You can simply upgrade to PS3 only. It's not great in the organizing dept., but otherwise it will do everything you need. Unless you find that's a bit much - instead you can check out Elements..
If you want an organizer, and more, you should go to the LightRoom and Aperture sites. Besides their promotional insights, you can also trial each application. The one that will suit you best can only be determined by you. While they both can do non-destructive RAW edits, sometimes (or often, depending on your bent) one needs an external editor. Elements or PS will complement either quite well..
Those are the most popular of the choices..
If you have a Pentax digital SLR camera why not used the software on the C/D that comes with the k20d or k200d camera?..
I use Bibble Pro. I use in mostly on Linux and sometimes Windows but it's available for OS-X as well. It's very powerful, easy to use and gives great results. Good with jpegs too..
There are lots of good options depending on your needs..
IPhoto does RAW for most mainstream cameras and organizes things nicely but lacks any significant workflow or editing capabilities. Whatever came with your camera will offer RAW development and some organization but not usually much workflow and editing is variable. Both of thee are free!.
I like LightZone. Its very powerful, integrates nicely with iPhoto, or the Pro version has full organization and workflow capabilities..
Nothing wrong with PS Elements or upgrading to PS3 for editing but if you need workflow you'l also need something else like ACR..
For many, photoshop elements is more than enough. But there are some that really need the full version photoshop.Rafy Sugirihttp://www.flickr.com/photos/rafysugiri/sets/.
Image control:Zoom outZoom 100%Zoom inExpand AllOpen in new window..
You don't know if anything is broken yet, so don't worry about software. My Canon dSLRs came with DPP - Digital Photo Professional. It does a great job with converting RAW files. If, after youy get to know it, you want more, then start looking for a different software package..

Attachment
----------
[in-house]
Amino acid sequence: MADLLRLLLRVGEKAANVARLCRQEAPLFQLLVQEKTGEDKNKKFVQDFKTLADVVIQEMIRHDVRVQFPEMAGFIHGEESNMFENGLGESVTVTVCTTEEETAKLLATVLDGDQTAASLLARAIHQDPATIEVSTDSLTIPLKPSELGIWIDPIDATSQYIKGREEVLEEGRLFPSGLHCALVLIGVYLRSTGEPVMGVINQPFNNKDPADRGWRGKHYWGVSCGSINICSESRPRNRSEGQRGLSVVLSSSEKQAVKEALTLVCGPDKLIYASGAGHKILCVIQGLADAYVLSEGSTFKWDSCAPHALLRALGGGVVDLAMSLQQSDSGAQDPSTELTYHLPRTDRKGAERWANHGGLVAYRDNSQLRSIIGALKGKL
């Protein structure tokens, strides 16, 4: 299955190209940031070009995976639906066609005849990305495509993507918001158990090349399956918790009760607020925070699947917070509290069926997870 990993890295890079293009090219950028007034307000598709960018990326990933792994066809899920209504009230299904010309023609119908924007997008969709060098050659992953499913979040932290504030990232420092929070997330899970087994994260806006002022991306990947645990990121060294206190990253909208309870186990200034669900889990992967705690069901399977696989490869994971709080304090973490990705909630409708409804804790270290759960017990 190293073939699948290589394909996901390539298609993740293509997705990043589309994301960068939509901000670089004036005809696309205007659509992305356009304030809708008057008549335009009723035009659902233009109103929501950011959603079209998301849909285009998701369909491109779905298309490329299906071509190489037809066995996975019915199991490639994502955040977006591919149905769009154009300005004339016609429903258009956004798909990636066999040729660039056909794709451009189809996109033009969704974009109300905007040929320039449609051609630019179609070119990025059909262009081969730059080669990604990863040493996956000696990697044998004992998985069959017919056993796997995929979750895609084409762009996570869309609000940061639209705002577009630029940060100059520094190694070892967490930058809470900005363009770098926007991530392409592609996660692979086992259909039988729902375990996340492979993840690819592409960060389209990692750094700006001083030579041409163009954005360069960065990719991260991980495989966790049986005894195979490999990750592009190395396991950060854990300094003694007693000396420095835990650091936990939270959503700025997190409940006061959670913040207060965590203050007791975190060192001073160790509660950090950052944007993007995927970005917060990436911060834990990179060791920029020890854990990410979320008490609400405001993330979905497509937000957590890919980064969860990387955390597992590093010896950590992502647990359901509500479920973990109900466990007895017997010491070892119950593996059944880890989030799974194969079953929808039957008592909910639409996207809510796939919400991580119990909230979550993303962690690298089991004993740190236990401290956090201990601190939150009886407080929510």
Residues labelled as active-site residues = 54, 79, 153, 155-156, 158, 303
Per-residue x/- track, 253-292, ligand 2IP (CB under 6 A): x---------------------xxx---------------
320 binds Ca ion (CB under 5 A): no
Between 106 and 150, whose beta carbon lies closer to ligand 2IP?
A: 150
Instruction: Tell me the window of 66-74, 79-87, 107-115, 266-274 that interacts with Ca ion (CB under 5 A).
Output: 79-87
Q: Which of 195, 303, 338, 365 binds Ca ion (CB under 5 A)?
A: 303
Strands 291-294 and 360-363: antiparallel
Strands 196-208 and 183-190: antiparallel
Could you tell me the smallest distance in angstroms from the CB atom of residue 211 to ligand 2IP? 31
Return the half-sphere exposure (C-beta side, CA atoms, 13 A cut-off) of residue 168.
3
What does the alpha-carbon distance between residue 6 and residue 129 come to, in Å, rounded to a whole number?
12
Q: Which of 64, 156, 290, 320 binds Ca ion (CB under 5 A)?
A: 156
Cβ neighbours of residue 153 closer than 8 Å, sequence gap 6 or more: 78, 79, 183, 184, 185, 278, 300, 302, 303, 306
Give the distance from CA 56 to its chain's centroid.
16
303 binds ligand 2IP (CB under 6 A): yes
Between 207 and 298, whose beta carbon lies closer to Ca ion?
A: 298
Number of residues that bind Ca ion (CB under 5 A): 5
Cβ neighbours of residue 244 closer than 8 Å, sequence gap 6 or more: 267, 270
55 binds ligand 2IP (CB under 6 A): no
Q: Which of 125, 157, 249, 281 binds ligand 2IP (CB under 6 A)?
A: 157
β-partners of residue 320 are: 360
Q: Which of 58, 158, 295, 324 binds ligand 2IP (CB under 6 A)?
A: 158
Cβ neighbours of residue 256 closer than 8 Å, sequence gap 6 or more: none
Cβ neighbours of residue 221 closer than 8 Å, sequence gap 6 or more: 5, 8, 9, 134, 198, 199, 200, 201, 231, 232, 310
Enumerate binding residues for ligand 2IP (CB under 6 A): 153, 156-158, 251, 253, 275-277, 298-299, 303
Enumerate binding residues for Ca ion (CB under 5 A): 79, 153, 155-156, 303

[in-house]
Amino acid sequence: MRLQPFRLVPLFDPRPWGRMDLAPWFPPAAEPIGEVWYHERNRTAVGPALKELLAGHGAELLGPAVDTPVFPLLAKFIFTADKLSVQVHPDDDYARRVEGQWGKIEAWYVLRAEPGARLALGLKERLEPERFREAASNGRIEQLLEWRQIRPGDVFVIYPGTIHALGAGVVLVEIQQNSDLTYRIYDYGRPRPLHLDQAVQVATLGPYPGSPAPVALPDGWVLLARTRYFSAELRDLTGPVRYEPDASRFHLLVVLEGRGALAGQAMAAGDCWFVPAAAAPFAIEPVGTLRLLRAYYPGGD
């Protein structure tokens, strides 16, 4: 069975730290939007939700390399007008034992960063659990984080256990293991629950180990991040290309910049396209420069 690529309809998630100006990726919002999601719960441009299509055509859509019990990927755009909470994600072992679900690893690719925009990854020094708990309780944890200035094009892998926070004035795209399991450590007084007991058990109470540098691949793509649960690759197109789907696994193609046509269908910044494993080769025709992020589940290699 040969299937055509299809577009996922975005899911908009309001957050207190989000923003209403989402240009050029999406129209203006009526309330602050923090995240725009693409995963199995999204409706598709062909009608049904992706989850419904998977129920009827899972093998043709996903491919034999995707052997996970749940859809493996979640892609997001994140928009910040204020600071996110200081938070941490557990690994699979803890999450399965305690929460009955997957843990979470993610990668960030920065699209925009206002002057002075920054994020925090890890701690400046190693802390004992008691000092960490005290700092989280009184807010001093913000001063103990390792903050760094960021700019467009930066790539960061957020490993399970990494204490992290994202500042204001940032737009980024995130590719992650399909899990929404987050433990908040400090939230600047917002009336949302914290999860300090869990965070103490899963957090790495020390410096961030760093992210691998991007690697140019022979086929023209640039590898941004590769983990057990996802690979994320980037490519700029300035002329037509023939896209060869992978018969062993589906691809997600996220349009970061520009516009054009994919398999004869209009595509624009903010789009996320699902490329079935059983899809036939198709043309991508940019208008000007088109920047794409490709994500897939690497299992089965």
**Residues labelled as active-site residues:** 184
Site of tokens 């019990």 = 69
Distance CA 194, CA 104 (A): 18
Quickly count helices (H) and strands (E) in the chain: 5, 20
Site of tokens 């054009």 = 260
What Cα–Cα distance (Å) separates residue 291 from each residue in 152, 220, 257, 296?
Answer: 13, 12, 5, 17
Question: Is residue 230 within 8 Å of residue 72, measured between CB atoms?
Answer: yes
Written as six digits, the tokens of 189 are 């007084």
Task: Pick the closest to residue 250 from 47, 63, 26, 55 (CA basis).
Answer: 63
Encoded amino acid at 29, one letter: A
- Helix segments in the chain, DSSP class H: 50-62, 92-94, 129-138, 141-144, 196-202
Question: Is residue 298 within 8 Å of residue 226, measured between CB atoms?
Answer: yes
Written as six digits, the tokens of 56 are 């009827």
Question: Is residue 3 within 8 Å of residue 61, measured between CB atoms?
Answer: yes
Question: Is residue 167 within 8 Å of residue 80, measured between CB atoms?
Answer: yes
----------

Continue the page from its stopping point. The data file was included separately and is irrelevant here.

LightRoom is awesome but I don't think it is geared for the casual shooter. If you shoot A LOT of photographs it may be worth while, but not for the shooter that does a handful a week. I will shoot 1000 images on some weekends so it does help for processing them all but I don't even open it unless I have a lot to edit..
My Blog: http://secretsofphotography.blogspot.com/..
Thanks for the input..
I'm going to be picking up the Canon 450D (XSI) shortly and it appears as though that Canon Digital Professional software is pretty good. The guy that writes that dslr canonblogshot or whatever that site is called uses it and says that it is pretty good..
I'd like to start taking more photos and build up a library of stock photos, architectural, and more artistic ones as well. My finished RAW to JPEG family/friends/get-together photos I planned on transferring over to iPhoto with all of the other "life" photos that I've taken with my old P&S camera..
By the sounds of things, I should be messing around with the free software that comes with the camera and see if it fits my needs, and then see if I need to upgrade photoshop. I use to use CS3 at my old job and loved it but that's a lot of money. In the end I'll probably have to decide on Aperture or Lightroom for my photo management / archiving..
Who thought that getting into digital photography would be so expensive and time consuming... I can't wait!..
Since you already own Photoshop, you should obviously upgrade to the latest, Photoshop CS3. There are other editors and other RAW converters, but CS3 is the definative editor for serious photographers..
I also own Capture NX to use as an alternate RAW converter, but the final image goes to CS3. It's a must have...
And a sensible one..
Who thought that getting into digital photography would be soexpensive and time consuming... I can't wait!.
LOL! Ain't it great?.